Movie Review: A Quiet Place SPOILERS INCLUDED

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Movie Review: A Quiet Place SPOILERS INCLUDED

Abigail McCoy, Staff Writer

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The critically acclaimed horror film “A Quiet Place” directed by and starring John Krasinski along with his onscreen as well as real life wife, Emily Blunt, was released on April 6, 2018. The story takes place in a world where Earth is hit by an asteroid and blind creatures with super hearing come loading off and attack and attempt to destroy anything that makes a sound. People soon started dropping like flies and the  population was suddenly decreased as everyone was being killed off by these beasts.

The main focus is a family with no connection to the outside world, a husband and wife along with their three children. The eldest child is a deaf girl, who is coincidentally also played by a deaf actress, to properly represent the disability. The other two children are boys; the youngest boy gets killed off quickly within the first fifteen minutes of the film; this is not much of plot twist as it is pretty much foreshadowed in the trailer. The death was not necessary but it did provide guilt and strife for the family, so perhaps it did help in the long run with the plot so they could overcome the grief together and become closer. The family lives on a ranch and communicates through sign language, often whispering to one another.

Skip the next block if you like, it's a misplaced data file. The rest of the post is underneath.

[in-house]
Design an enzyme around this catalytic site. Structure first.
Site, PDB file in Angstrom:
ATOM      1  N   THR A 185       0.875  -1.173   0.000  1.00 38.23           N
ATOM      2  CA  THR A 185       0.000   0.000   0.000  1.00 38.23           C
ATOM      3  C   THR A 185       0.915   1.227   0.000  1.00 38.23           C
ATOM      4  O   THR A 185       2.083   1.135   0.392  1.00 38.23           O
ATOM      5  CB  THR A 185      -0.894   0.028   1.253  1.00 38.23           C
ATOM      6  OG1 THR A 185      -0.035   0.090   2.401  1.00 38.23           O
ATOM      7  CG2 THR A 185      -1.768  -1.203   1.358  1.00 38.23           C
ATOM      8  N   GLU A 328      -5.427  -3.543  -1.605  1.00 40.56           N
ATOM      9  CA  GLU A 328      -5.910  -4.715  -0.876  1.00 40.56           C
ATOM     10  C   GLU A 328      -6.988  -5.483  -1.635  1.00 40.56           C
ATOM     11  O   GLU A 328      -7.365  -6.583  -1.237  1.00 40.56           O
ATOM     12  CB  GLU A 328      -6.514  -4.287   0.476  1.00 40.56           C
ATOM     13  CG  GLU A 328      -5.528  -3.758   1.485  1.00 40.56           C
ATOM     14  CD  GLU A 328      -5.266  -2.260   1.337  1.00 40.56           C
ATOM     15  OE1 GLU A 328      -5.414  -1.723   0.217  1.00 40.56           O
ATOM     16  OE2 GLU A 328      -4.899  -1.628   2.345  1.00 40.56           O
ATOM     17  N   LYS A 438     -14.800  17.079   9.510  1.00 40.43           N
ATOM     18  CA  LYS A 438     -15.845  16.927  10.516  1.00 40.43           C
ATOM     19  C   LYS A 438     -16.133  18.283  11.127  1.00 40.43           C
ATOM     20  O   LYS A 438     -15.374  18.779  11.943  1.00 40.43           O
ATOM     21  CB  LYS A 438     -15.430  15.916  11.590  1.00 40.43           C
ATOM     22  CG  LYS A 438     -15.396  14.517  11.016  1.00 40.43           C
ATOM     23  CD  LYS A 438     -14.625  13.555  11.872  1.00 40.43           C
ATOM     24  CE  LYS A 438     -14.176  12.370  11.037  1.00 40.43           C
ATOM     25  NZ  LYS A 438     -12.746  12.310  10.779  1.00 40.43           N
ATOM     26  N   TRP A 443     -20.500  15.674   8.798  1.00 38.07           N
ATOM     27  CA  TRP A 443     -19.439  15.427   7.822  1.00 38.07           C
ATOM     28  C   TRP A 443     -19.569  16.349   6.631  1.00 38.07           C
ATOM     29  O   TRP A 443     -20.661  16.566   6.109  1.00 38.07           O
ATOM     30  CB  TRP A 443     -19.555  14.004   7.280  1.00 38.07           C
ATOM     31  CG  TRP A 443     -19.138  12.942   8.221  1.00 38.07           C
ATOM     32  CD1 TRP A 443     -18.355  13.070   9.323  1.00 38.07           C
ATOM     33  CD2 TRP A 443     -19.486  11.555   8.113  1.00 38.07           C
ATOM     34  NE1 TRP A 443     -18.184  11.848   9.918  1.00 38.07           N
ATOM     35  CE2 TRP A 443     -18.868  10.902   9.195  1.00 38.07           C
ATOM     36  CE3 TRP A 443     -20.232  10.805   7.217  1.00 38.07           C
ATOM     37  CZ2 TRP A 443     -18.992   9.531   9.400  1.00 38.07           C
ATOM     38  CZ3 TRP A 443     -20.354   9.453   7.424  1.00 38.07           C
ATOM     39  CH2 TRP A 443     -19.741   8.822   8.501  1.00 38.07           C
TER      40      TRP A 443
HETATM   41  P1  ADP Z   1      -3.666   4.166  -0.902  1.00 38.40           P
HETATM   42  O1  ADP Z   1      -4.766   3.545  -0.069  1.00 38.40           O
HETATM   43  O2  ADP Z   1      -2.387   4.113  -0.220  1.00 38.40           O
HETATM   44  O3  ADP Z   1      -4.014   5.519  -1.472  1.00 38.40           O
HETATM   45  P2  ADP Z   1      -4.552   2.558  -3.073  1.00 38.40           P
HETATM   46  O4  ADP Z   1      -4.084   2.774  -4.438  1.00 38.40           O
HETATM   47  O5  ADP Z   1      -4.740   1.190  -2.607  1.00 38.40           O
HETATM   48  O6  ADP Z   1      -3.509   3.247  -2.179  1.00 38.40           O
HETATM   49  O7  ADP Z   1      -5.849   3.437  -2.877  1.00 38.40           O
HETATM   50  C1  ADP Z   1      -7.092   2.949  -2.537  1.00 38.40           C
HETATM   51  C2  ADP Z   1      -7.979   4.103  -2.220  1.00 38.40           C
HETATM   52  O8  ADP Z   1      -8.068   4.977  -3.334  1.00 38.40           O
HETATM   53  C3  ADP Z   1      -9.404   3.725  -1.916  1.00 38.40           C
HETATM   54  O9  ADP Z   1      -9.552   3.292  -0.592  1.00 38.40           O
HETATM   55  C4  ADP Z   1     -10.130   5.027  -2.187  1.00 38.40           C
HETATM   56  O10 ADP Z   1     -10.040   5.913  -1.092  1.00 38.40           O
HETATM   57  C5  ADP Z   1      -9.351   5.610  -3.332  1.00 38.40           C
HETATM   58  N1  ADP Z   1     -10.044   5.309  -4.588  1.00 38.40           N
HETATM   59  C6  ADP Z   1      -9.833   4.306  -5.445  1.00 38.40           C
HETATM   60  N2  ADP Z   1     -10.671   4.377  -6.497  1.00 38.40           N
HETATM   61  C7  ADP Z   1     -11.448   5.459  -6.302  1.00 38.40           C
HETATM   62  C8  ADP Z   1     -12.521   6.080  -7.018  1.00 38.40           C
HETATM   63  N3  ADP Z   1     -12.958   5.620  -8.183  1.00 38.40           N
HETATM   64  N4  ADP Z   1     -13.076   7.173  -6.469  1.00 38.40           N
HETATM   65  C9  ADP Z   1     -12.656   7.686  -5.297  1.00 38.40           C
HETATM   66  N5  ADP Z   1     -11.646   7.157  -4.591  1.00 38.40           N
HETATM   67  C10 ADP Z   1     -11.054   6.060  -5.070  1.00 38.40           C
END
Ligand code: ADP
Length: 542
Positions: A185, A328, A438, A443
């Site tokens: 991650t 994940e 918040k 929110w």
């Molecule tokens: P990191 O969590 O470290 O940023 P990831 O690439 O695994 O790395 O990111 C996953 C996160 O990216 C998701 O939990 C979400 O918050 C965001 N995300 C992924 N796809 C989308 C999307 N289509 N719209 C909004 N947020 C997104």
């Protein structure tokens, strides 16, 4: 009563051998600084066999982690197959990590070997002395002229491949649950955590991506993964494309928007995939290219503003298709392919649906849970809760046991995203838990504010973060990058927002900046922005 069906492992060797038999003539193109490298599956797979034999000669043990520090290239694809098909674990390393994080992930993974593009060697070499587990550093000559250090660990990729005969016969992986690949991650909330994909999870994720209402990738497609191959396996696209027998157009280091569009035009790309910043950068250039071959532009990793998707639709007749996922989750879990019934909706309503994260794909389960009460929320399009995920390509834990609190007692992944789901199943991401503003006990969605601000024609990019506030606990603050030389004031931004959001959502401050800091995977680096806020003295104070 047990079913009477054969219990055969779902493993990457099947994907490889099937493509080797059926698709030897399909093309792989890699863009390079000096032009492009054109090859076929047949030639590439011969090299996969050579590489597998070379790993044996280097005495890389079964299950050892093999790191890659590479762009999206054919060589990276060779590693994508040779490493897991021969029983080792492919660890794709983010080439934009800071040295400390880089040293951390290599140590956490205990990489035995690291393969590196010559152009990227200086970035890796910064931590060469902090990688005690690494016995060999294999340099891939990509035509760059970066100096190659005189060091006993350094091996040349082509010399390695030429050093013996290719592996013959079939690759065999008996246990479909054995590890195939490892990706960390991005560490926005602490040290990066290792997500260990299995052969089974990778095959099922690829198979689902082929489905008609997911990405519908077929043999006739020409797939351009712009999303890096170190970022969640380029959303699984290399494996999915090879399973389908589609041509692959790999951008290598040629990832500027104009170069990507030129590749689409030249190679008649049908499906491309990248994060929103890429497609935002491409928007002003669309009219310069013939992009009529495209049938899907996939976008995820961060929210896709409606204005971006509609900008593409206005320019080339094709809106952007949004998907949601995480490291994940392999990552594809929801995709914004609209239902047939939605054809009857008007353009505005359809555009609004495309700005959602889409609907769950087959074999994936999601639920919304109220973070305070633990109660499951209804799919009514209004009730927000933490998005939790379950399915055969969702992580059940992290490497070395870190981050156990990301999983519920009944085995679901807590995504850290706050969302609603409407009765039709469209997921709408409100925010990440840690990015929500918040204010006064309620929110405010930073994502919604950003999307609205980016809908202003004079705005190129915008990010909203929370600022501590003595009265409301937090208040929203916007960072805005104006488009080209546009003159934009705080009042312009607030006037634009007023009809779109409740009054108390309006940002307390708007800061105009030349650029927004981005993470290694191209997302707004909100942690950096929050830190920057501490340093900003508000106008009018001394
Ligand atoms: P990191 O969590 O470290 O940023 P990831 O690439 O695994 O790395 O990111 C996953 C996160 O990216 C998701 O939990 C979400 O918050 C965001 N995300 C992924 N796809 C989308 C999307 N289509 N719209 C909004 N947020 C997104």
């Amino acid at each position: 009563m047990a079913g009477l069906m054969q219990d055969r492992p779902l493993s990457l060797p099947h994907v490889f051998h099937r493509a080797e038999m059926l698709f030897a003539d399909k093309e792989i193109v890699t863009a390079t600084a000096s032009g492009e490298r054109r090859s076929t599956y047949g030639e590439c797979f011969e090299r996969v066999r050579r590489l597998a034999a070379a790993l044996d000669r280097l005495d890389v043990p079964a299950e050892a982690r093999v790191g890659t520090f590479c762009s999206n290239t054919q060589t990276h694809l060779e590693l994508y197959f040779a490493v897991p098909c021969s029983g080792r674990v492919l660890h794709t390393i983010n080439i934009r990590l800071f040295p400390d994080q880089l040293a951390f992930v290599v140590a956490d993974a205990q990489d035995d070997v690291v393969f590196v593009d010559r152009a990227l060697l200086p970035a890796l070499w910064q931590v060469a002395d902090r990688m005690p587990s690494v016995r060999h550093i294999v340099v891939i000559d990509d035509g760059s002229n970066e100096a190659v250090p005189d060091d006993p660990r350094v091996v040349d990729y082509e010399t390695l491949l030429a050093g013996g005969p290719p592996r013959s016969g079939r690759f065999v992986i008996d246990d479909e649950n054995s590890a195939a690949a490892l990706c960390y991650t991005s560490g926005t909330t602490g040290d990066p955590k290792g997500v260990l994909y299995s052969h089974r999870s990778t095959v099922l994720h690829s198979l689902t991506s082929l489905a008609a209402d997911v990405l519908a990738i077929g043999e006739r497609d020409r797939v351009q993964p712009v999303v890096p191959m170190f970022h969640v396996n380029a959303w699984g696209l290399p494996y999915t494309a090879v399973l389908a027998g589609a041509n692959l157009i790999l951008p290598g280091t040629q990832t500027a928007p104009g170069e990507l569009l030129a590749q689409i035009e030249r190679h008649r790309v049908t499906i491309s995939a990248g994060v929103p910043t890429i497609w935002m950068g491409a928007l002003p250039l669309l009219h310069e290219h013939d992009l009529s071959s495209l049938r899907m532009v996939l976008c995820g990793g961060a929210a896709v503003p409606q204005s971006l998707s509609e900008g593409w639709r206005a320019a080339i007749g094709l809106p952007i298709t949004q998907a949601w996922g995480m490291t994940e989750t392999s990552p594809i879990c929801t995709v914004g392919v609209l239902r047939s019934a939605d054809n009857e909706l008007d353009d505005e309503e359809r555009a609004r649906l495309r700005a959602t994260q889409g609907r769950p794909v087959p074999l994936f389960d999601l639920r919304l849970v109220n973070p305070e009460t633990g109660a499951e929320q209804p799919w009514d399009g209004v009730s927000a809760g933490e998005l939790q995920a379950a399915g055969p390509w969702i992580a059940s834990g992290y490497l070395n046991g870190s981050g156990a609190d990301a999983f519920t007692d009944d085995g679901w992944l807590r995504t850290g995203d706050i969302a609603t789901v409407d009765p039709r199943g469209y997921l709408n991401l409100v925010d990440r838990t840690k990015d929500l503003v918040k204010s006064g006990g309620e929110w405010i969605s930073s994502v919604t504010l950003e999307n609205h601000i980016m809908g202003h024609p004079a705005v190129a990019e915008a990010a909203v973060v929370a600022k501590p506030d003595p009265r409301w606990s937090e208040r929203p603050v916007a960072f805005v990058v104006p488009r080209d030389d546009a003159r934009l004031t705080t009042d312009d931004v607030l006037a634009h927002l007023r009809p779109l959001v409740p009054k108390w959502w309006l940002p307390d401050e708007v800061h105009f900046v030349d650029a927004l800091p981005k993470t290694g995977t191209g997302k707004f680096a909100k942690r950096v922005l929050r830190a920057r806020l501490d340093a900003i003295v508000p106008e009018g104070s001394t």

There are a few jump scares and little to no background information on the whole issue within that universe; information is only given when it is picked up on as very brief glimpses of newspapers that are shown. The movie overall was advertised as a horror/thriller film and lacked the whole atmosphere of a typical horror film. The whole premise of it all was to keep quiet so the family wouldn’t get killed but time after time everyone involved would have near death experiences with a character accidentally making a huge noise. The film’s soundtrack also contributed to the lack of atmosphere as it provided the sound where dialogue would normally be. The film as a whole would have been much more terrifying if there was a lack of background sound in general, meaning background music and narration.

The film is good in theory, but in practice “A Quiet Place” just failed to live up to the expectations it gave, wasn’t all that scary and all in all, it was kind of boring.